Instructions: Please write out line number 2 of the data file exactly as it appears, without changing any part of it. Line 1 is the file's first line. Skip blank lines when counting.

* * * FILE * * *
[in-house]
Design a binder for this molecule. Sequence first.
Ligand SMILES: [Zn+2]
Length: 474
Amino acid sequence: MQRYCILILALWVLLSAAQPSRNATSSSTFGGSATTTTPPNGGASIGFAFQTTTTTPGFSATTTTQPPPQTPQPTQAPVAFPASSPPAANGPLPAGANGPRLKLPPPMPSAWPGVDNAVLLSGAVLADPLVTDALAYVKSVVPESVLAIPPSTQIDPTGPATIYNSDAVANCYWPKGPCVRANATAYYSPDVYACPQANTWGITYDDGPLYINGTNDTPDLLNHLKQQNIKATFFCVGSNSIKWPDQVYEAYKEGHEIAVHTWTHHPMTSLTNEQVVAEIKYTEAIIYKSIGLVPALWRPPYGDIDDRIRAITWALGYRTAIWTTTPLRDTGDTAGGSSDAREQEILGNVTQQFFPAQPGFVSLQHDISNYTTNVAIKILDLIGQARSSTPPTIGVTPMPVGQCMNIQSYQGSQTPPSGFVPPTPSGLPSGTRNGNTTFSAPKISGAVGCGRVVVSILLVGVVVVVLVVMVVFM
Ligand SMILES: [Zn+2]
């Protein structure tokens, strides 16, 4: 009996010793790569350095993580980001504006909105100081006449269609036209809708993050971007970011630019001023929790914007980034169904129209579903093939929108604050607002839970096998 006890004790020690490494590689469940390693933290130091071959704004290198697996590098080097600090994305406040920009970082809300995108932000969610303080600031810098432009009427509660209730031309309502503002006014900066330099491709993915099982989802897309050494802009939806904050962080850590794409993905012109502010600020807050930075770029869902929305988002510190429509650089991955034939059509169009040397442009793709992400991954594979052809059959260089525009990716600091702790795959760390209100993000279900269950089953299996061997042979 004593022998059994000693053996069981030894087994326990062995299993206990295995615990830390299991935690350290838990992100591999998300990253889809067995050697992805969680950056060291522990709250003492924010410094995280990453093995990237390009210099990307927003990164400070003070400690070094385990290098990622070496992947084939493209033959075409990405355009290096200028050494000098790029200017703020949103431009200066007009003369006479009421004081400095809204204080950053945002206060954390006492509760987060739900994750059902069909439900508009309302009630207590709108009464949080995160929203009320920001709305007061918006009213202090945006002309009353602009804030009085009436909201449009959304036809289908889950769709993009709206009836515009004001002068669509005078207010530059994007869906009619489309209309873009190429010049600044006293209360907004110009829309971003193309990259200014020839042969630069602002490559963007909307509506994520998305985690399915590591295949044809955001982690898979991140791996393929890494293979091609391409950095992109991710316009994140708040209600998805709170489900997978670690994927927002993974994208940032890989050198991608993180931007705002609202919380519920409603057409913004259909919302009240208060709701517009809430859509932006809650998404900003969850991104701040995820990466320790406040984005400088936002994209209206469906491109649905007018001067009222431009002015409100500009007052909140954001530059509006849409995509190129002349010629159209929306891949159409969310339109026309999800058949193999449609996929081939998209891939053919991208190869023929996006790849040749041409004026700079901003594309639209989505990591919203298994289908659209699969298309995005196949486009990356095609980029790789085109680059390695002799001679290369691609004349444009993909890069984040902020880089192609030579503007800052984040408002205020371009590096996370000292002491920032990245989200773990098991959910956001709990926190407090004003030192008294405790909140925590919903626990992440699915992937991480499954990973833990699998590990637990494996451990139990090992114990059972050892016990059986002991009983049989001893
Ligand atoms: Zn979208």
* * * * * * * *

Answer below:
Design a binder for this molecule. Sequence first.